Environmental managers are employed by government agencies, non-governmental organisations (NGOs) and commercial enterprises across industries where environment, conservation and sustainability issues are hugely important.
Essentially, these guys are responsible for overseeing the implementation, management and maintenance of initiatives that are designed to address critical environmental issues and improve sustainability.
If you enter this profession, you’ll be responsible for designing, developing and implementing measures to promote the importance of protecting the environment and making sure that companies’ business operations are sustainable. Effectively, you’ll be in charge of all policy and procedures relating to recycling, waste disposal, pollution and conservation.
Furthermore, you’ll be leading environment-focused corporate social responsibility projects, tracking the progress of existing initiatives, building environmental awareness and providing relevant training to employees across all levels of the organisation.
Finally, you’ll be making sure that your client complies with environmental laws and regulations, maintaining detailed records of technical audits and environmental impact assessments, and writing reports for the appropriate regulatory authorities.
Salary & benefits
Environmental managers in the early stages of their careers can earn between £17,000 and £35,000 per annum, while senior professionals with lots of experience and managerial responsibilities can earn up to £90,000 a year.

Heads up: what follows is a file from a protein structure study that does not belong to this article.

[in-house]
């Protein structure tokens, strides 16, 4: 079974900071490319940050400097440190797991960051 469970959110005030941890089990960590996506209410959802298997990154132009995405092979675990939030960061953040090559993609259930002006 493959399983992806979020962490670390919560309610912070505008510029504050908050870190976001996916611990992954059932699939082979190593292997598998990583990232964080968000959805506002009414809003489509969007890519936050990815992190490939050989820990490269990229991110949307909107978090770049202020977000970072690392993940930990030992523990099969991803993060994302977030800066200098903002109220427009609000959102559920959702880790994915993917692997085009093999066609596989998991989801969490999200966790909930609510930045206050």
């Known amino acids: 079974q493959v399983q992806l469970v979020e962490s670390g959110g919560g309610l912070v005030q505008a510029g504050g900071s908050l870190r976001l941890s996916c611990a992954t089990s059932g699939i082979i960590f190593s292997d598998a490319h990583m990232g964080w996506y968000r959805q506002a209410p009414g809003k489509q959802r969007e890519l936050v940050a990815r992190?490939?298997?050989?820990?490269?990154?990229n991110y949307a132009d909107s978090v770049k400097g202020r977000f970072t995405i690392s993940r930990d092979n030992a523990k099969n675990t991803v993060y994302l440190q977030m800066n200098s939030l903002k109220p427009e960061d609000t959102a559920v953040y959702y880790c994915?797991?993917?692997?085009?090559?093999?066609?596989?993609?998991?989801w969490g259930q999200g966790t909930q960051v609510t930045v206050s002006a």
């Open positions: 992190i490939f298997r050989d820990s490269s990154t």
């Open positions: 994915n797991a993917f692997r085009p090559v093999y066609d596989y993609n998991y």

Working hours are fairly standard, i.e. nine-to-five on a daily basis. However, some environmental consultants may work during the weekend from time to time.
Frequent travel is required for personnel involved in making field assessments or overseeing policy implementation across multiple locations.
Obtaining an undergraduate degree in any discipline will allow you to break into this line of work. However, studying an environment-related subject, such as ecology, conservation studies, environmental sciences or environmental engineering, will set you up nicely for a career in this area.
Furthermore, getting short-term work experience placements under your belt or gaining a relevant postgraduate qualification will give you an added advantage over other plucky applicants.
Training & progression
While most employers provide on-the-job training and formal in-house development sessions for entry-level environmental managers, you may be required to obtain professional credentials from organisations such as the Chartered Institution of Water and Environmental Management (CIWEM) and the Institute of Environmental Management & Assessment (IEMA), in order to develop a long and successful career as an environmental manager.
Your career is likely to start by focusing on basic field work. However, as you progress, you will move into senior leadership roles with policy development and strategic management responsibilities.
In the private sector, the growing focus on sustainability and corporate social responsibility (CSR) is a good indicator of the increasing demand for qualified and experienced environment managers.